Cuscuta: A plant genus of the family Cuscutaceae. It is a threadlike climbing parasitic plant that is used in DRUGS, CHINESE HERBAL.Convolvulaceae: The morning glory family of flowering plants, of the order Solanales, which includes about 50 genera and at least 1,400 species. Leaves are alternate and flowers are funnel-shaped. Most are twining and erect herbs, with a few woody vines, trees, and shrubs.Genome, Plastid: The genetic complement of PLASTIDS as represented in their DNA.Corchorus: A plant genus of the family TILIACEAE. Members contain cycloartane saponins and CARDENOLIDES.Mikania: A plant genus of the family ASTERACEAE. Members contain scandenolide (a sesquiterpene lactone) and germacranolides.Pelargonium: A plant genus of the family GERANIACEAE. The common name of geranium is also used for the GERANIUM genus.Calotropis: A plant genus of the family ASCLEPIADACEAE. The downy akund floss fiber from the seeds is used like kapok.Plastids: Self-replicating cytoplasmic organelles of plant and algal cells that contain pigments and may synthesize and accumulate various substances. PLASTID GENOMES are used in phylogenetic studies.
Convolvulaceae: Convolvulaceae, known commonly as the bindweed or morning glory family, is a family of about 60 genera and more than 1,650 species of mostly herbaceous vines, but also trees, shrubs and herbs.Pelargonium sidoides: Pelargonium sidoides is a medicinal plant native to South Africa. Its common names include Umckaloabo and South African Geranium.Calotropis giganteaStromule: A stromule is a microscopic structure found in plant cells. Stromules (stroma-filled tubules) are highly dynamic structures extending from the surface of all plastid types, including proplastids, chloroplasts, etioplasts, leucoplasts, amyloplasts, and chromoplasts.
(1/31) Studies on brain biogenic amines in methanolic extract of Cuscuta reflexa Roxb. and Corchorus olitorius Linn. seed treated mice.
The methanolic extract of both Cuscuta reflexa stem and Corchorus olitorius seed showed marked protection against convulsion induced by chemoconvulsive agents in mice. The catecholamines contained were significantly increased in the processed extract treated mice. The amount of GABA, which is most likely to be involved in seizure activity, was increased significantly in mice brain after a six week treatment. Results of the present study revealed that both the processed extracts showed a significant anticonvulsive property by altering the level of catecholamines and brain amino acids in mice. (+info)
(2/31) Carotenoid specificity of light-harvesting complex II binding sites. Occurrence of 9-cis-violaxanthin in the neoxanthin-binding site in the parasitic angiosperm Cuscuta reflexa.
The parasitic angiosperm Cuscuta reflexa has a highly unusual carotenoid composition in that it does not contain neoxanthin, an otherwise ubiquitous component of the major light-harvesting complex protein (LHCIIb) in all other higher plant species studied to date. Combined HPLC and mass spectrometric analysis has enabled us to detect in tissues of C. reflexa two new types of xanthophylls: lutein-5,6-epoxide and 9-cis-violaxanthin. We have isolated the LHCIIb complex from thylakoids and analyzed chlorophyll and carotenoid composition. The data show that the 9-cis-violaxanthin is present in amounts similar to that of neoxanthin in most plants. On the other hand, lutein-5,6-epoxide was found to be in substoichiometric quantities, suggesting a peripheral location similar to the loosely-associated all-trans-violaxanthin and also enabling suitable accessibility for the de-epoxidase (VDE). Absorption spectroscopy revealed close similarities of the excited state energies of neoxanthin and 9-cis-violaxanthin in vitro and in intact LHCIIb complex. Resonance Raman analysis clearly indicates a cis conformation of violaxanthin in the complex, confirming the pigment analysis data and proving that not only does violaxanthin replace neoxanthin as an intrinsic component of LHCIIb in C. reflexa but it also adopts the same 9-cis conformation of neoxanthin. These results suggest that the N1 binding site of LHCIIb preferentially binds 9-cis-5,6-epoxy carotenoids, which has implications for the features of this binding site and its role in the photosystem II antenna assembly and stability. (+info)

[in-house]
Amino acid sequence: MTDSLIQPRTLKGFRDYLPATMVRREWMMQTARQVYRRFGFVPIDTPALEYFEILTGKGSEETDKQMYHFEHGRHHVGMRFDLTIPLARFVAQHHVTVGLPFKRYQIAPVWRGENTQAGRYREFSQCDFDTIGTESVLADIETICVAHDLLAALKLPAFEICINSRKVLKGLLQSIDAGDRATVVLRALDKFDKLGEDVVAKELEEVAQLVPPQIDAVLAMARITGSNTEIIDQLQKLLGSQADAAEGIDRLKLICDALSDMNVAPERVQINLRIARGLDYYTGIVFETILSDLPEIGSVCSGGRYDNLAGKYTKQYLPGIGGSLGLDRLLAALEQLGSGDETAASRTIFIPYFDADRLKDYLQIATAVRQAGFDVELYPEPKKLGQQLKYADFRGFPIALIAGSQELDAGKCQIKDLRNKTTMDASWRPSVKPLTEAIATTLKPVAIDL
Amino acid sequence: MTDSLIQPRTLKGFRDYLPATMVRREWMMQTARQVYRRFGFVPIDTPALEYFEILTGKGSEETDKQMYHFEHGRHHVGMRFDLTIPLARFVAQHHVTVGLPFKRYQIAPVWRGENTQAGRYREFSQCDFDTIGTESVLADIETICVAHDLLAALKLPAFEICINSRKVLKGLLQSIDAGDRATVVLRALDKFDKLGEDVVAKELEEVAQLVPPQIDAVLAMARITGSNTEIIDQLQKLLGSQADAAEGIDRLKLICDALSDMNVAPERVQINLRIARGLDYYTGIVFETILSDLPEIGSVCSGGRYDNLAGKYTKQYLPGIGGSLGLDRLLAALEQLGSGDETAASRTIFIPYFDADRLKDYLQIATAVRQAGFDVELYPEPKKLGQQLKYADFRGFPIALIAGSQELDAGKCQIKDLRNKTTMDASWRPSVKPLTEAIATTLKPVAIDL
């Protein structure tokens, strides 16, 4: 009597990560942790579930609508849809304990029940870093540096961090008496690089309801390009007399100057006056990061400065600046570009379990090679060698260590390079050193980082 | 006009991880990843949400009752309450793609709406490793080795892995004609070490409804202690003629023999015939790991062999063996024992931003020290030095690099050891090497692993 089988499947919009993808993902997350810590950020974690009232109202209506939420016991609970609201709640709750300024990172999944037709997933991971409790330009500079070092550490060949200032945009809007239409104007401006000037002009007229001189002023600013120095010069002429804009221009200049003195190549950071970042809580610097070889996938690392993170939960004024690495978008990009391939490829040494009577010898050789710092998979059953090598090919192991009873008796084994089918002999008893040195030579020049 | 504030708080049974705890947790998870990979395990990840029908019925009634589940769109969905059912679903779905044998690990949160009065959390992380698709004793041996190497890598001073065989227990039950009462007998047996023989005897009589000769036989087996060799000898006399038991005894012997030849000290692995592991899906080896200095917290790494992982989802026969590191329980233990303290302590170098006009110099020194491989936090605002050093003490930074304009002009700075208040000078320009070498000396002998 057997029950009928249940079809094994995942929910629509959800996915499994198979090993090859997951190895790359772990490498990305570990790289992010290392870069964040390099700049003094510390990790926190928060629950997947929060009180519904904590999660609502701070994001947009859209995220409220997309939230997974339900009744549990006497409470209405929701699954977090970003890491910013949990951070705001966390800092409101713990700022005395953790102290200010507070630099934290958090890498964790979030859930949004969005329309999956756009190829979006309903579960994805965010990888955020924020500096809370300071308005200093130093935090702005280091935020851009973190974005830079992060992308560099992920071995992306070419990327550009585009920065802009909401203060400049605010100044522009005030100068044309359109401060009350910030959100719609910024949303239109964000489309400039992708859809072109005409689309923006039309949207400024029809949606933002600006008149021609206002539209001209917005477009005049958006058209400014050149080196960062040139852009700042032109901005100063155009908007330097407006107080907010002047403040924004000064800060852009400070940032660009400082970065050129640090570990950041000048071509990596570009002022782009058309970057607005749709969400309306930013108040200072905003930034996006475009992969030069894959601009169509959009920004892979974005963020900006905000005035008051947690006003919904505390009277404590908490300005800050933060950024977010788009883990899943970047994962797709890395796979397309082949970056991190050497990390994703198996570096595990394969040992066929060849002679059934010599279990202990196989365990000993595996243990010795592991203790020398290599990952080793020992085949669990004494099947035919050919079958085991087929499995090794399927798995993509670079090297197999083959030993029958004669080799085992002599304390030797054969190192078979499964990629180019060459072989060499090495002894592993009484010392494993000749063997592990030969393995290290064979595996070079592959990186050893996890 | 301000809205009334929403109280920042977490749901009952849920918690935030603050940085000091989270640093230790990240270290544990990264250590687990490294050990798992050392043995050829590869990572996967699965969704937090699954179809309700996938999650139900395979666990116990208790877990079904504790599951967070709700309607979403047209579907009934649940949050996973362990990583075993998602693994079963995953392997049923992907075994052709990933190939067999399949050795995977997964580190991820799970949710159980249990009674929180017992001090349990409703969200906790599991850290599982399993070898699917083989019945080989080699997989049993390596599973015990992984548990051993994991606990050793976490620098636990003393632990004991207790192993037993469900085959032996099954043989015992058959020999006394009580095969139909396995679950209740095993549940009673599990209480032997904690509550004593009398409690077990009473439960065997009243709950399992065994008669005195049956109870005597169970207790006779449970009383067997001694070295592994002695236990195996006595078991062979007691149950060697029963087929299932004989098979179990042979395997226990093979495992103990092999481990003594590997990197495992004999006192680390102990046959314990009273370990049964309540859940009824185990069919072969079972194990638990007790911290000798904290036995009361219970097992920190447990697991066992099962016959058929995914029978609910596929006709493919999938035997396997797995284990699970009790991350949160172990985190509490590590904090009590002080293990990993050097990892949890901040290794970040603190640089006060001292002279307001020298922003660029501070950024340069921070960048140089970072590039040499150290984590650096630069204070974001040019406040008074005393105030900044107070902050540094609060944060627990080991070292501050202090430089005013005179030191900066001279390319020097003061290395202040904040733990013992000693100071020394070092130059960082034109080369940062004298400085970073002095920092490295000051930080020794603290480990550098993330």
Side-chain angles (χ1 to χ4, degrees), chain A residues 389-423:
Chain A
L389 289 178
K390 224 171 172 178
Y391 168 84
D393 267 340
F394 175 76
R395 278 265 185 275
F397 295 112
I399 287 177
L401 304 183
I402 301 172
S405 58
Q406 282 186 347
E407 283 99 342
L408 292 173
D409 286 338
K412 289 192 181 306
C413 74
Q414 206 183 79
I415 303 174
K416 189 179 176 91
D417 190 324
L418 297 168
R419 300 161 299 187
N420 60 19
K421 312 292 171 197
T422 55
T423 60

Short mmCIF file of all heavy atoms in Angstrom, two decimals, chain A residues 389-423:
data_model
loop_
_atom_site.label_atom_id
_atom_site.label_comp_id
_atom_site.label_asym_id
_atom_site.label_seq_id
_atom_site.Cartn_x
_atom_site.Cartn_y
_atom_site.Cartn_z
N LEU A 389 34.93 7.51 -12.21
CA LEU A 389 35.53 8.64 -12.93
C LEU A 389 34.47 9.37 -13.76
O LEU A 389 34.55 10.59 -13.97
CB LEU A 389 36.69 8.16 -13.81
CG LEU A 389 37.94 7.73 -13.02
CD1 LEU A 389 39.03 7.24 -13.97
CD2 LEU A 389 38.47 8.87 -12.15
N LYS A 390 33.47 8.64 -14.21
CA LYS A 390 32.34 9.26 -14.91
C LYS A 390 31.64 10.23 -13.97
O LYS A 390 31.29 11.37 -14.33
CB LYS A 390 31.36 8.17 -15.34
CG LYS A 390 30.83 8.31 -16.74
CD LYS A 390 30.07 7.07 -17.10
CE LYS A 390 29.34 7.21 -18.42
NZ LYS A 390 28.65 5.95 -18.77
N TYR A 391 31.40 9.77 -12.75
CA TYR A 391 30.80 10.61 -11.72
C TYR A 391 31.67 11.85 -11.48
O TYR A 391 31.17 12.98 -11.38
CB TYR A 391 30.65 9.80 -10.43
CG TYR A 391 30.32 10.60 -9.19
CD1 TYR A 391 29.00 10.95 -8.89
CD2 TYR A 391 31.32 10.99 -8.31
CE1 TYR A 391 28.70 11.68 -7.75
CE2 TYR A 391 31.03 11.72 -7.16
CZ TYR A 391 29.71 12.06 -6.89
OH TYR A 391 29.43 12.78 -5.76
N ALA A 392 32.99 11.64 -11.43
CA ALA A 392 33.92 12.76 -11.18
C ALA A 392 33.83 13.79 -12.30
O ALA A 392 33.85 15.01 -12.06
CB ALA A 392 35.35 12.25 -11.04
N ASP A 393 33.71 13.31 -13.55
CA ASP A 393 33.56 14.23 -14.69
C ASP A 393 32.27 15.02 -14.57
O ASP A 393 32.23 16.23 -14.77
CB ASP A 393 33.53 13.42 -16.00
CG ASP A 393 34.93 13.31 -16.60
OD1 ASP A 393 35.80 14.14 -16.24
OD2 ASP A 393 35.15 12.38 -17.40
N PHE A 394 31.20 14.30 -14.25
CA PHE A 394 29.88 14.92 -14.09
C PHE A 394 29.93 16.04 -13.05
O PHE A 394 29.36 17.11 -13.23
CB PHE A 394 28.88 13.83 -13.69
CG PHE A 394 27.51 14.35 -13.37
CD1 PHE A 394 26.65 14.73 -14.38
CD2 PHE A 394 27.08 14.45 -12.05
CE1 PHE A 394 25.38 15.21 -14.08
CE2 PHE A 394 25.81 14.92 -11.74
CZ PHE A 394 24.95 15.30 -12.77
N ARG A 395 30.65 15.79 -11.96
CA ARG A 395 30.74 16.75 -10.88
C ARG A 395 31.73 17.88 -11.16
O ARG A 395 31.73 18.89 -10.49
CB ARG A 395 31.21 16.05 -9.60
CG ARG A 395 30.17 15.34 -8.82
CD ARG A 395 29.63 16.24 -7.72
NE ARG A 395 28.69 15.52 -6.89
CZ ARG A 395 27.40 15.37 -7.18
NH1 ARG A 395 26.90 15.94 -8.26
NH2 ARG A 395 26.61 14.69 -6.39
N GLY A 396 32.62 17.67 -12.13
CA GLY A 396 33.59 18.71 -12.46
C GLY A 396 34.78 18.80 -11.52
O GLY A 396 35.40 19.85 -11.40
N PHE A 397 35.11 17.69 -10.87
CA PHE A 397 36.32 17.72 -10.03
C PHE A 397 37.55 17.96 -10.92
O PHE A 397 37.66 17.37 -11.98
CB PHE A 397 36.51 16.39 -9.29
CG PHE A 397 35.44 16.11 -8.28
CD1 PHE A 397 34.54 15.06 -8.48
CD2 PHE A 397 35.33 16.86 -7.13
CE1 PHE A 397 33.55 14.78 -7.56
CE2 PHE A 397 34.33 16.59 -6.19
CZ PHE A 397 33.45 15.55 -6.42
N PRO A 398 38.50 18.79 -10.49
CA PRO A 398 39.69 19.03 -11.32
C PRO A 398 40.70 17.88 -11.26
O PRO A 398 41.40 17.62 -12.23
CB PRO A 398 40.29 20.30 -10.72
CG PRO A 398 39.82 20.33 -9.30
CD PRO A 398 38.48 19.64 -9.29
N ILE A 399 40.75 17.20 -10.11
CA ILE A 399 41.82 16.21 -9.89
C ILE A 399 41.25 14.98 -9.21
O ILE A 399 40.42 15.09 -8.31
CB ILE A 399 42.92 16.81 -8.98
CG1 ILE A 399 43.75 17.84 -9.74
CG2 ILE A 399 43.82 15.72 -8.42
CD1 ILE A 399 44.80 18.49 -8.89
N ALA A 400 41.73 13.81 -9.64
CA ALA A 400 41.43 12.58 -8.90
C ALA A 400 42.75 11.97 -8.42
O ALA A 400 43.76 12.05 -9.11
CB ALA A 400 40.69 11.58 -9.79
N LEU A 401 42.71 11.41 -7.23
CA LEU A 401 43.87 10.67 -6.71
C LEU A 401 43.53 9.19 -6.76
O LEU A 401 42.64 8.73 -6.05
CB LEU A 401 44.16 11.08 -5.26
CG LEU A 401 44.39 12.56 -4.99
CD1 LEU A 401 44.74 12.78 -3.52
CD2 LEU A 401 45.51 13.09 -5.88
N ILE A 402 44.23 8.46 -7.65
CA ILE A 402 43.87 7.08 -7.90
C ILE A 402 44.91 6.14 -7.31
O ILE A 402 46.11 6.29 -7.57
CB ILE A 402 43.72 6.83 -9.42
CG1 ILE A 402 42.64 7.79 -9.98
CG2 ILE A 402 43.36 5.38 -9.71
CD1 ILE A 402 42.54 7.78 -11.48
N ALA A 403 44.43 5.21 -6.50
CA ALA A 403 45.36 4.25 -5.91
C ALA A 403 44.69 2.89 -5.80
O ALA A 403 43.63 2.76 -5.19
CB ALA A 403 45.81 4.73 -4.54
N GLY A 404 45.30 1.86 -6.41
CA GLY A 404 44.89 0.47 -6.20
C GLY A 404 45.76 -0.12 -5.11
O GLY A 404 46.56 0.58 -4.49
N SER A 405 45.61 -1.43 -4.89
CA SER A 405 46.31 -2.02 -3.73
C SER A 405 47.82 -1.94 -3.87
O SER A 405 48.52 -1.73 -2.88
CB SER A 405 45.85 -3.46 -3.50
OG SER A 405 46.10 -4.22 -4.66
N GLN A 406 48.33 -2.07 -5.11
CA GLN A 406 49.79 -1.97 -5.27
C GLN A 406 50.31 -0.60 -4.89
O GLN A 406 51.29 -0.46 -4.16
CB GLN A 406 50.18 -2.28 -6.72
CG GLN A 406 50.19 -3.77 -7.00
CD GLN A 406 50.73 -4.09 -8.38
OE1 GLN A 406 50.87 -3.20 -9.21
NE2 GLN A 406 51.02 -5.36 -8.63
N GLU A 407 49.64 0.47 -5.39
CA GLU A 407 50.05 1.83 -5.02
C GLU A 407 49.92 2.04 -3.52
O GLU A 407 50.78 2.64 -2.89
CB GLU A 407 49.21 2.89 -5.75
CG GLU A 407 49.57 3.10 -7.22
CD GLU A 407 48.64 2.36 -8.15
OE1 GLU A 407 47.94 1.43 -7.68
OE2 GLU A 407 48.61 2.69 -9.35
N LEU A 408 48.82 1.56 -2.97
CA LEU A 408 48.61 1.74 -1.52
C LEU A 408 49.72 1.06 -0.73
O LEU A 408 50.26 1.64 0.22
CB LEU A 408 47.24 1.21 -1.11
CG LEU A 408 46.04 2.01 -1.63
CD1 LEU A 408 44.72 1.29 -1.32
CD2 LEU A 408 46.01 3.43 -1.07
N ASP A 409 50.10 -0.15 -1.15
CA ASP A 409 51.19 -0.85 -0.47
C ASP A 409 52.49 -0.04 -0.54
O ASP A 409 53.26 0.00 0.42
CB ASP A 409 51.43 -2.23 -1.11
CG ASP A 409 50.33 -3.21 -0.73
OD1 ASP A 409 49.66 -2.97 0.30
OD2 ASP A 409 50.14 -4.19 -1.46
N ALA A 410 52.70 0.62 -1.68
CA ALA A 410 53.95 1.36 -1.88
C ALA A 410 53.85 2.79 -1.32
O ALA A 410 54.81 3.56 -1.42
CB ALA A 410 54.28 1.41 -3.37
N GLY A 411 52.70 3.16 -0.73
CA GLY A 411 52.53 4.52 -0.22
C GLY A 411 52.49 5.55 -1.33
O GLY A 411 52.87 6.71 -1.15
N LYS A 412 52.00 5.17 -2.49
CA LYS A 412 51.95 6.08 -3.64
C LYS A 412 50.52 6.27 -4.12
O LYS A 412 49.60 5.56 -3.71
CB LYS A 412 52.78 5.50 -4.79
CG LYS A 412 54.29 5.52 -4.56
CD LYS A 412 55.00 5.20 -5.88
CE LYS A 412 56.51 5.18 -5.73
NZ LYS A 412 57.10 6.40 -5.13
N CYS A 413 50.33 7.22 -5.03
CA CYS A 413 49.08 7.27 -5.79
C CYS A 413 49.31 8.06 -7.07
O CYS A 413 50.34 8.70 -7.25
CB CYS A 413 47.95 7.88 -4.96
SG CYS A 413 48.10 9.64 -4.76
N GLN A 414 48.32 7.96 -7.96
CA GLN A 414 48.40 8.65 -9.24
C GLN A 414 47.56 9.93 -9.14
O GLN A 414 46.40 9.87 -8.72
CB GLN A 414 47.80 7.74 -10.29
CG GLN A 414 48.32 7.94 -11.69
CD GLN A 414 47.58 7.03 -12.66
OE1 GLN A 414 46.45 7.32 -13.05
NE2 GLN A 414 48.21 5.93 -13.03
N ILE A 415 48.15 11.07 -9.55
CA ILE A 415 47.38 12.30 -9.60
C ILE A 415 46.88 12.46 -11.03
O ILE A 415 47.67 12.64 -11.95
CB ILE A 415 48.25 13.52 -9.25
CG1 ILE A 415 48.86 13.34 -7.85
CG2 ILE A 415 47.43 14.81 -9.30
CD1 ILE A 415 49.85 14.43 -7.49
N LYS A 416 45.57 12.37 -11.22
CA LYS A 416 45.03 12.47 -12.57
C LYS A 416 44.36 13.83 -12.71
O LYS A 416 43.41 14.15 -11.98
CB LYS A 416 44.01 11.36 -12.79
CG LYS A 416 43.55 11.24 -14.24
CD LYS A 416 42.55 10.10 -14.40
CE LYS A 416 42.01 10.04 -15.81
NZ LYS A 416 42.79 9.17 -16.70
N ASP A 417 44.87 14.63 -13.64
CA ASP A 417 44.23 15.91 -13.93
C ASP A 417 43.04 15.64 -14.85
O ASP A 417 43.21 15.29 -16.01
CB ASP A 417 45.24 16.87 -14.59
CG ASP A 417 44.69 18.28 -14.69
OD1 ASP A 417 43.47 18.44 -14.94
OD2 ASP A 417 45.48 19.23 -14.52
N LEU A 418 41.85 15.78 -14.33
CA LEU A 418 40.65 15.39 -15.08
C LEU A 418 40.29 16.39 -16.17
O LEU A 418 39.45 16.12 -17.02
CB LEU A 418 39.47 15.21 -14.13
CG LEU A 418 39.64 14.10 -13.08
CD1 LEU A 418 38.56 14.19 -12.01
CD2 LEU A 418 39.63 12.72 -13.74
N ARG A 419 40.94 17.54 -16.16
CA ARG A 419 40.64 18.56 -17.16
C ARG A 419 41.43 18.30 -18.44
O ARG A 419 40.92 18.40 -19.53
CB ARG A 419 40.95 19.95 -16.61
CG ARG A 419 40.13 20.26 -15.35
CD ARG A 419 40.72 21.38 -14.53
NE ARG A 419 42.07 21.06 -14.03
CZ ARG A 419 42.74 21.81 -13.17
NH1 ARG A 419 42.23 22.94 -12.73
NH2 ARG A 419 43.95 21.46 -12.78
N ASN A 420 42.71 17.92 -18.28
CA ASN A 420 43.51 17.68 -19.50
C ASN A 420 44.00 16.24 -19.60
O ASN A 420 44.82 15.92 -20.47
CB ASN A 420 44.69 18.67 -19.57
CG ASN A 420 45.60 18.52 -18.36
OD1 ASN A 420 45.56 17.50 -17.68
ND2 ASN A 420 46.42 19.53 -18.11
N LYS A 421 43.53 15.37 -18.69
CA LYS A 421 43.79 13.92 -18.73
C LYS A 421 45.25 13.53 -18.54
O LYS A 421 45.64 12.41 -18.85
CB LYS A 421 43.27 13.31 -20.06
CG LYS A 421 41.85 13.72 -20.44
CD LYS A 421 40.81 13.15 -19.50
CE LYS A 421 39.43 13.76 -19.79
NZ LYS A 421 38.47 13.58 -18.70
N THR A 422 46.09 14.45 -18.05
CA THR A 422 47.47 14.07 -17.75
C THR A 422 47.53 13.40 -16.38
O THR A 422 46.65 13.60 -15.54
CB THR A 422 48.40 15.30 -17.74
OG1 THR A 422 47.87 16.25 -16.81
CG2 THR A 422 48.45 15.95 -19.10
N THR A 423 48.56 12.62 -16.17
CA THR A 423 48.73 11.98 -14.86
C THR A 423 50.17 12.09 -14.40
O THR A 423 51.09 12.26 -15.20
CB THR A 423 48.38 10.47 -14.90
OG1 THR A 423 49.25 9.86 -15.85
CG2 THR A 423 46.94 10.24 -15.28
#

(3/31) Chemical and toxicological evaluation of methanol extract of Cuscuta reflexa Roxb. stem and Corchorus olitorius Linn. seed on hematological parameters and hepatorenal functions in mice.
Methanol extract of Cuscuta reflexa Roxb. stem (MECR) contain flavonoids (0.2%) and Corchorus olitorius Linn. seed (MECO) was found to contain steroids and cardenolide glycosides. Effects of multiple weekly dose of MECR (25, 50, 75 mg/kg, i.p.) and MECO (15, 20, 25 mg/kg, i.p.) on liver and kidney functions and hematological parameters in mice were studied. No significant alteration of RBC count and hemoglobin content was observed in all dose level of treatment in MECR and MECO treated mice whereas significant increase of clotting time was seen in moderate and high doses in both case. MECR and MECO both caused significant increase in WBC count only in high dose level of treatment. Both the extracts in medium and high dose level increased SGOT, SGPT, NPN and plasma cholesterol significantly. Serum alkaline phosphatase and total bilirubin were also increased by both moderate and high dose level of treatments in MECR and MECO treated mice respectively. Low dose of both the extract did not exhibit any significant change of creatinine and serum protein level. But high dose level of MECR and MECO significantly increased creatinine level. Increase in plasma cholesterol may be due to decrease in cholesterol catabolism owing to liver dysfunction of due to the intake of MECO itself as it was found to be steroid in nature. Elevated level of SGOT, SGPT and serum alkaline phosphatase activity in moderate and high dose level of weekly treated mice may be due to improper liver function following the treatment. Increased urea, non protein nitrogen and creatinine content in blood have been observed with impaired renal function. The slightly higher toxicity in case of MECO treated mice may be due to the presence of cardenolide glycosides in the ME of C. olitorius seed. However, low doses of MECR and MECO (25 and 15 mg/kg, i.p. respectively) did not exhibit any remarkable change on liver and kidney functions and hematological parameters. (+info)